I park near the Baptist church in Rushden and stroll down through the back streets to the Wymington turn. Say what you like about Rushden, but at least there's a mighty strong Christian presence at this end of town. No more than a hundred metres from the Baptist Chapel (itself not a small building) is the imposing pile of the Heritage Chapel and Halls. This looks a very interesting proposition. Formerly a Methodist church it's now an 'Independent Non-Denominational Christian Church serving the local community', and from the weekly activities listed, it's clearly practising what it says on the tin. As I pass, a disabled young person is being assisted from a car and welcomed inside by a worker. The church's website commends itself to me by mentioning that the author H.E.Bates was  born close by and baptised here. There are descriptions of the collection of First War-inspired artworks by John Frederick Black which it holds. Moving on a few hundred metres further, I come to the Full Gospel Church, whose own website amuses me just a little by showing a graphic of a 'Help' message in a bottle on its 'Home' page. I know what they mean, but there've been plenty of times that's been my sentiment while actually sitting in a pew and being 'ministered to' from the pulpit - though not in east Rushden.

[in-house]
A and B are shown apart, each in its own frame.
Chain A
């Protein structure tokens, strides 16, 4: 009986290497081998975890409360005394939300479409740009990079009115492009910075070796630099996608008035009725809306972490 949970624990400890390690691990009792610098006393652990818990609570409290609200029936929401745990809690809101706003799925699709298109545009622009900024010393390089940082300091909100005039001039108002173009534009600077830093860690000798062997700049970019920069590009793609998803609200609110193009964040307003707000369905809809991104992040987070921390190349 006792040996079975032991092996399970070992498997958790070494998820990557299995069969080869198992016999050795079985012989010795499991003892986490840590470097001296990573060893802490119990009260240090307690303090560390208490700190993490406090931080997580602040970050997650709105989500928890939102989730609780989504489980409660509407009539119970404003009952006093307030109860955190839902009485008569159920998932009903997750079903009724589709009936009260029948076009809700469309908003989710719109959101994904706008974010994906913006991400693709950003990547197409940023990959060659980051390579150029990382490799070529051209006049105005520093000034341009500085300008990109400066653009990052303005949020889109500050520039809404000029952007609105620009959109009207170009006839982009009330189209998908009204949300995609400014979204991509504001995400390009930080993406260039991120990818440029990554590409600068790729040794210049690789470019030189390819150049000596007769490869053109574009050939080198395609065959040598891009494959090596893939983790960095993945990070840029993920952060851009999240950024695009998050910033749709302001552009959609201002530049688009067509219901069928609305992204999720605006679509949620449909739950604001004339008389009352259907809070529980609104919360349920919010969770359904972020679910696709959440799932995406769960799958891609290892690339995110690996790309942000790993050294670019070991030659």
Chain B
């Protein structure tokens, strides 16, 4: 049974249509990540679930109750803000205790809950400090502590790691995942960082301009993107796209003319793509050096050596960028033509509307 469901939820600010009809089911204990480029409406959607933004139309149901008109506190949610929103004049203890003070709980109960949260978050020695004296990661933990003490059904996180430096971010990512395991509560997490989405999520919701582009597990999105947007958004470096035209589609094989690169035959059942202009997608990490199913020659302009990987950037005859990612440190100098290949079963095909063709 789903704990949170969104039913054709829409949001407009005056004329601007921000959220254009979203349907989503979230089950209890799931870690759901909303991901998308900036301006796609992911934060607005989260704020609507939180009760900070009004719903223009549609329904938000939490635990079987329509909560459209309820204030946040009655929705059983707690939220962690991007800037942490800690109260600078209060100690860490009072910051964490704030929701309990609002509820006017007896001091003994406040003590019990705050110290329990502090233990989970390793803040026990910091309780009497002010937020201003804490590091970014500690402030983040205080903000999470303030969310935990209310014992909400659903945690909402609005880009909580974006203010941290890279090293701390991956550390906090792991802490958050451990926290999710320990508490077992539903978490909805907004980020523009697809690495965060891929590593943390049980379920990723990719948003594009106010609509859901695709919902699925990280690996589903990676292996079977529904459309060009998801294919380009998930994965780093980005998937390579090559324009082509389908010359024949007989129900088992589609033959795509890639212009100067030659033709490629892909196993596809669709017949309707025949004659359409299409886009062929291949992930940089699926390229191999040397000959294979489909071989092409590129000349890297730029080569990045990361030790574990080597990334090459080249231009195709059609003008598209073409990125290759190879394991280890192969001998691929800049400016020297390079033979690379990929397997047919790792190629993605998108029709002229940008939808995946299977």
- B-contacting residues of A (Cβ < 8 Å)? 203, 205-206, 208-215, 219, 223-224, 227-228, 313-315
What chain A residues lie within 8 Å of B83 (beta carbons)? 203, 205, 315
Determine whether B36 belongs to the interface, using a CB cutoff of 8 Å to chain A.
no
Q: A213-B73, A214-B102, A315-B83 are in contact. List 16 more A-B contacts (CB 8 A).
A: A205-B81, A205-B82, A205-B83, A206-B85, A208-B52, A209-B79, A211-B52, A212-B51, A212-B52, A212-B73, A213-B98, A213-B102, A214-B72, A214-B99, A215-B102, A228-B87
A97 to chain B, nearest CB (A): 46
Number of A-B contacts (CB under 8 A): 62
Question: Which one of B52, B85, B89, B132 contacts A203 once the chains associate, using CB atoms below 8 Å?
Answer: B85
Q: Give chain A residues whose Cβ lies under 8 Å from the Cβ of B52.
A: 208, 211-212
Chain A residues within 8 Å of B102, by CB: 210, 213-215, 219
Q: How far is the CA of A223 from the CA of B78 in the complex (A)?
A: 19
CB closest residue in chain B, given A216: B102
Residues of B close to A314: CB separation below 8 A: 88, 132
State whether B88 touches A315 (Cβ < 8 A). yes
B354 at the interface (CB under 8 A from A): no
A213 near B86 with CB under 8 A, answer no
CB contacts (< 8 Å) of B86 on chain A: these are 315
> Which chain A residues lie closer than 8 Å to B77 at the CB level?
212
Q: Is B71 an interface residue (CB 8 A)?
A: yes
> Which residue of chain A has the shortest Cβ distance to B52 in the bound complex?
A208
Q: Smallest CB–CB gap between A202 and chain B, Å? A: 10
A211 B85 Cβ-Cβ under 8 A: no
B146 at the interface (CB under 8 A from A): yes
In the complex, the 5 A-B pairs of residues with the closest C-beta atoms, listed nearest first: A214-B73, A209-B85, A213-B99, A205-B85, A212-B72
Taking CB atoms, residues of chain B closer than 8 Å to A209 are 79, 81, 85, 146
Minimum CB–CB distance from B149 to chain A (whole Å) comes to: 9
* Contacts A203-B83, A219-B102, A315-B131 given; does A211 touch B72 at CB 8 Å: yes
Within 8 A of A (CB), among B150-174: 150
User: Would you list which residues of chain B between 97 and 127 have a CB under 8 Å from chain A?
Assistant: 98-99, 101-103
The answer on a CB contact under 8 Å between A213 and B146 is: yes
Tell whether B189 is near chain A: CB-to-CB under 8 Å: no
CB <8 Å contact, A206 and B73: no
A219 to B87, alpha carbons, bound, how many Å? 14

I don't want to make my walk to Newton Bromswold a simple out-and-back affair, so most of today will be spent in the diocese of St. Albans. Up the road out of Rushden, I pass the sign that tells me I'm in Bedfordshire. Climbing the little (wooden) hill to Bedfordshire was a childhood evening mantra, but still, topographically speaking, it feels a bit weird to ascend to this new, flat county. A path by fields is a more pleasant alternative to the suburban road but a few steps along it my Merrills slip on a tree root and I fall, rolling onto my left side, clunking my shoulder on the bone-dry ground and grazing my knees to a soundtrack of oath and imprecation. However no one but me is scandalized by this literal and metaphorical tumble from grace, and (check) my phone is undamaged and (check) my camera is intact, so I limp on until I meet a lady picking sloes from the hedgerow. They're better after a frost or two, she says. You put them in gin, I ask? She doesn't exactly make a sign of the cross but replies, rather judgmentally, that she doesn't touch alcohol. I'm thinking Full Gospel or maybe Unreformed Methodist. What she does is to make up a syrup and add it to lemonade as a sort of squash. Alternatively she pours the syrup on ice cream. Remembering a mouth-shrinking sloe mousse served to us by a friend long ago, I observe that it must take a lot of sugar. She admits that this wayside fruit is an acquired taste.